"The U.S. Air Force in Vietnam" offers an overview of the Vietnam War, with emphasis on the role of the Air Force, and the aircraft and tactics used. How Hill Air Force Base supported those efforts, and the war's impact on Utah, are a big part of the exhibit.
"I think this is a unique exhibit, especially for the area," said Nathan Myers, Hill Aerospace Museum curator. "I think it's going to provide an opportunity for many generations to come and view, and learn about a very controversial conflict."
Vietnam was under French rule until World War II, when it was occupied by Japan. After that war it was returned to the French, and a resistance movement for independence rose up under communist leader Ho Chi Minh. The French were defeated in 1954, and Vietnam was divided -- North Vietnam under communist rule, and noncommunist South Vietnam.
The U.S. became involved in a conflict between the north and south, according to the exhibit, to stop the spread of communism. In the beginning, aid was limited to sending military advisers, equipment and weapons. By 1965 there were Americans on the ground and in the air.
The Air Force provided support for ground troops, serving as eyes and ears in the sky. Crews were involved in strategic bombing and reconnaissance flights, and sprayed herbicides such as Agent Orange to defoliate jungles to make it harder for the enemy to hide. They also transported troops and supplies, and made emergency rescues.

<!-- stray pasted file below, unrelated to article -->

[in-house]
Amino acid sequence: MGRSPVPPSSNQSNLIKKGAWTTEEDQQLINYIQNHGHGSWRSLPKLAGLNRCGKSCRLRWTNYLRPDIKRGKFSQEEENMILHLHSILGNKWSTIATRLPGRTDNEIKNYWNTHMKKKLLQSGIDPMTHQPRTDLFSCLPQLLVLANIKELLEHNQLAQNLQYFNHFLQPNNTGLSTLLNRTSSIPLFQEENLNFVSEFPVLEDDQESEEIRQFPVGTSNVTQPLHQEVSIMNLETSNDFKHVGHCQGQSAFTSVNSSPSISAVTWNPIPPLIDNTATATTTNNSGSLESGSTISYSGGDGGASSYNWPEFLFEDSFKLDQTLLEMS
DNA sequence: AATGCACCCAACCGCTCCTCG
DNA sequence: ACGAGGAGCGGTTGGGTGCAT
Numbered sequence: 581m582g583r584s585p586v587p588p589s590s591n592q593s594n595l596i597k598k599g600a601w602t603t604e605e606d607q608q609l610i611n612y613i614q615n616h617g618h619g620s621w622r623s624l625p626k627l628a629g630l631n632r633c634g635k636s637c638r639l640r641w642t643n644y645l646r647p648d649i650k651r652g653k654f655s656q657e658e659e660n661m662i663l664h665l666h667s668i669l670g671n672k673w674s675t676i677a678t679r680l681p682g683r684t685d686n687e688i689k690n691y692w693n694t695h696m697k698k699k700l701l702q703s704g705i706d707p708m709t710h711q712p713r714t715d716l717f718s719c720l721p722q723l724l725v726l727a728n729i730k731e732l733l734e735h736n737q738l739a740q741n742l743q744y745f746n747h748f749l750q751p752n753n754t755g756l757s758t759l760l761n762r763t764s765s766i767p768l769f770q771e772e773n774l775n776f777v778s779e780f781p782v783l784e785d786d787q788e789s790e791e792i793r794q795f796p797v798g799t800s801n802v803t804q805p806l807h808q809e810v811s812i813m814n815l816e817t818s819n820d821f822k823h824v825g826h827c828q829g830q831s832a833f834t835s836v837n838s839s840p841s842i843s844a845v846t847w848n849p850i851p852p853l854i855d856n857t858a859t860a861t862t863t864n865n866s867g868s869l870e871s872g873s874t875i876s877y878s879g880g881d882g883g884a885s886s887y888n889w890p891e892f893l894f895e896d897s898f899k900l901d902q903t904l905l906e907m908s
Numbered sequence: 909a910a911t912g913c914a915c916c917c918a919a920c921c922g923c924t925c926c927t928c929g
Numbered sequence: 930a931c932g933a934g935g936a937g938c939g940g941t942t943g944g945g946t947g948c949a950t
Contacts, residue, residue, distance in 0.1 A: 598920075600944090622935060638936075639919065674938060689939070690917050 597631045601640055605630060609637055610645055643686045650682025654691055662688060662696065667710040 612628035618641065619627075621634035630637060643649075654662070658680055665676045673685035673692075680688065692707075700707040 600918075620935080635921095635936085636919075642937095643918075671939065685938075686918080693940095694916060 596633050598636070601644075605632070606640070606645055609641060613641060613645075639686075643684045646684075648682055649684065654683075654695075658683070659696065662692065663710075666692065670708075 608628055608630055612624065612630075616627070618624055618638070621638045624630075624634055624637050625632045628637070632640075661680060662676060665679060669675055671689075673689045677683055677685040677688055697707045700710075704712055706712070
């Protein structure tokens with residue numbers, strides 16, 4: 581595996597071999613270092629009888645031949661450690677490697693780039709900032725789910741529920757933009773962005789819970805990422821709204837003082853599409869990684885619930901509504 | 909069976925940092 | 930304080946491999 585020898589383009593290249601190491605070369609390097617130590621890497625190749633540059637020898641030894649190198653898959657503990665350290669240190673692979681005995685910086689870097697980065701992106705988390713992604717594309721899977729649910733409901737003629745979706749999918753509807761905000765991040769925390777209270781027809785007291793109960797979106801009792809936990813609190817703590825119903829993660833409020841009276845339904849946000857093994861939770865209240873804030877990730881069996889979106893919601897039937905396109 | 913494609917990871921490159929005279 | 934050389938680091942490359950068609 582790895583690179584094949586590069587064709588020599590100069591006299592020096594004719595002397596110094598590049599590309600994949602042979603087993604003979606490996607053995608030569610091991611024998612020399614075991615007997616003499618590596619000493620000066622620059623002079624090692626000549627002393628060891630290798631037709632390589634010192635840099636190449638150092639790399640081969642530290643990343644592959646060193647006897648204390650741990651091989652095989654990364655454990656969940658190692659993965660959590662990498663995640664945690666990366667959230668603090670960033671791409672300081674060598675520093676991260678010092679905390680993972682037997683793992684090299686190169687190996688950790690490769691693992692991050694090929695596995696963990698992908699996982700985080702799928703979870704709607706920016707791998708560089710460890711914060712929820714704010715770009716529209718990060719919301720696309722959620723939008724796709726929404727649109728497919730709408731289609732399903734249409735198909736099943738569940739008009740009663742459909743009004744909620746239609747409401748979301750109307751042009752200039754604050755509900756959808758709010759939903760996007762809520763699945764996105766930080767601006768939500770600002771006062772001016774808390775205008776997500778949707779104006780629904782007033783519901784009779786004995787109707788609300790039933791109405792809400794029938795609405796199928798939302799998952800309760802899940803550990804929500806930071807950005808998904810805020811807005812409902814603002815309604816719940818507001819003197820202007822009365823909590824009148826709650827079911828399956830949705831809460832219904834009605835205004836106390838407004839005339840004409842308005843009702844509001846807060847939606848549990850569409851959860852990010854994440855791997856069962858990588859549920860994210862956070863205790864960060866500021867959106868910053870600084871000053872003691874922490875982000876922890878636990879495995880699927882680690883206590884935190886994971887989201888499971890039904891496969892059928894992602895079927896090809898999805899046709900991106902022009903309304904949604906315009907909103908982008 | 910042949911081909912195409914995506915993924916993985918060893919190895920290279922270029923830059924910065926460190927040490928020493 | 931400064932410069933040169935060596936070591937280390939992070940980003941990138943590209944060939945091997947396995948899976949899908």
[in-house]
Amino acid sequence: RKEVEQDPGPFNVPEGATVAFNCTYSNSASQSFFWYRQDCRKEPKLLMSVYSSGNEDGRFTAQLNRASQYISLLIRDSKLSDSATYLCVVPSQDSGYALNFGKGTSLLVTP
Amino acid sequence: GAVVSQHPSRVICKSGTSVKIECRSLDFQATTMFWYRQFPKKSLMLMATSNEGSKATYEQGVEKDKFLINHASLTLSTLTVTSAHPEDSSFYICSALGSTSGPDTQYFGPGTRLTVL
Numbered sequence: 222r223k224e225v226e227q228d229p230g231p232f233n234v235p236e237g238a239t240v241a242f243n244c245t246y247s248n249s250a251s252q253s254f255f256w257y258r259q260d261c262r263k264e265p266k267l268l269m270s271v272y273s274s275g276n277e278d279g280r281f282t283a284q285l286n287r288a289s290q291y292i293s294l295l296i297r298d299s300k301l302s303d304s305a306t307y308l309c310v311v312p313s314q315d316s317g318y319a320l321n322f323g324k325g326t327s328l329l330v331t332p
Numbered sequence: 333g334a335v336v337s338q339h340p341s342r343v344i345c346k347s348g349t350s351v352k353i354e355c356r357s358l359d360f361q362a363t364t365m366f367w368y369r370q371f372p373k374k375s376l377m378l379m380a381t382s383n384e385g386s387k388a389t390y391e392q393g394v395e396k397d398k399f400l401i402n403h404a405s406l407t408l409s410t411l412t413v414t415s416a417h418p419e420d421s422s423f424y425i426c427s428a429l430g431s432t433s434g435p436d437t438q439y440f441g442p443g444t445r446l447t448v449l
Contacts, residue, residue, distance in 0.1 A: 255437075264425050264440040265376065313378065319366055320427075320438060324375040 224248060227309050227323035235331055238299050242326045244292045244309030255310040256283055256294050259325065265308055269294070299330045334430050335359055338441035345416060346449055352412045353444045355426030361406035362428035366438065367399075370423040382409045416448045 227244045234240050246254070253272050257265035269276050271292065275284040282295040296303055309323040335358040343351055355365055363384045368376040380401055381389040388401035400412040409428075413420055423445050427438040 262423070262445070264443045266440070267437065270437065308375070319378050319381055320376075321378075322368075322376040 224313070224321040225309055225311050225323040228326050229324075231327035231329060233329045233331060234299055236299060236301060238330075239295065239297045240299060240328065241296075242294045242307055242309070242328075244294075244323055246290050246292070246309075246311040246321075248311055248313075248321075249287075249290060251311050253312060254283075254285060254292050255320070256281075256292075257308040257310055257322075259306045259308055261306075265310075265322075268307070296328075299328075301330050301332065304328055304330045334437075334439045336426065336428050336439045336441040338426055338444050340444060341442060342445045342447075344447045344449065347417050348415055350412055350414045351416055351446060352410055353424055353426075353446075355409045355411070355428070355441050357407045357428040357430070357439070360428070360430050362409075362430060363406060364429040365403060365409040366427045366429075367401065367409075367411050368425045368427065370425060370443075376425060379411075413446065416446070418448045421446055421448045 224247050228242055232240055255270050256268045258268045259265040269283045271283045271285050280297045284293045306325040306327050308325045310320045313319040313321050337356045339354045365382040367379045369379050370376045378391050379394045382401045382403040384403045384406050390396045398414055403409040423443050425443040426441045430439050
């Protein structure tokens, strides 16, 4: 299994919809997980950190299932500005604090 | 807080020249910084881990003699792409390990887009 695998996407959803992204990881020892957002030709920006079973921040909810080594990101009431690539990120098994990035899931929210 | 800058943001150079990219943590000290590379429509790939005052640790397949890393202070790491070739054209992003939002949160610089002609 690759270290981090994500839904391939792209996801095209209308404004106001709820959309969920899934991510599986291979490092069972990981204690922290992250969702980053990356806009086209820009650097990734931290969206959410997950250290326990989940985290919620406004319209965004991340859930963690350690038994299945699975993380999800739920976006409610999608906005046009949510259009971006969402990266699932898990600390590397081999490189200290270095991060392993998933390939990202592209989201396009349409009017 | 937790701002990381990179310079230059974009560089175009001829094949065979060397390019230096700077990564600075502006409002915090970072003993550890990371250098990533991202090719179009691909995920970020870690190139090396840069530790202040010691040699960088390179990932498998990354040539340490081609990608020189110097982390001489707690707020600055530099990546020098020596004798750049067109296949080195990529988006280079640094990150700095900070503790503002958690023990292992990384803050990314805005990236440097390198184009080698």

U.S. troops were removed from Vietnam in 1973, under terms of the Paris Peace Accords. North Vietnam violated the peace agreement, according to the exhibit, and with U.S. aid capped by Congress, South Vietnam fell in 1975. The Air Force and commercial airlines rushed to evacuate remaining U.S. civilian personnel and refugees.
Hill Air Force Base supported the war effort with helicopter crew training as well as engineering, supply, maintenance and repair of battle-damaged aircraft, the exhibit indicates.
The 945th Troop Carrier Group flew out of Hill Air Force Base, and the 388th Tactical Fighter Wing, now assigned to Hill, put in more than 93,000 combat hours over Vietnam. Even some civilian employees were sent to airfields in combat zones.
Over the course of the war, the base became Utah's biggest employer. Personnel grew from 14,963 in 1962, to 19,493 by 1973. The annual payroll rose from $89 million to $244 million.
Millions of Americans were involved in the Vietnam War; 58,209 died. That was the number as of June 2011, the exhibit says, but numbers are still changing as new information is found. The count includes those Missing in Action who were declared dead.
Utah lost 364 men and women in the conflict, and they are remembered in the exhibit.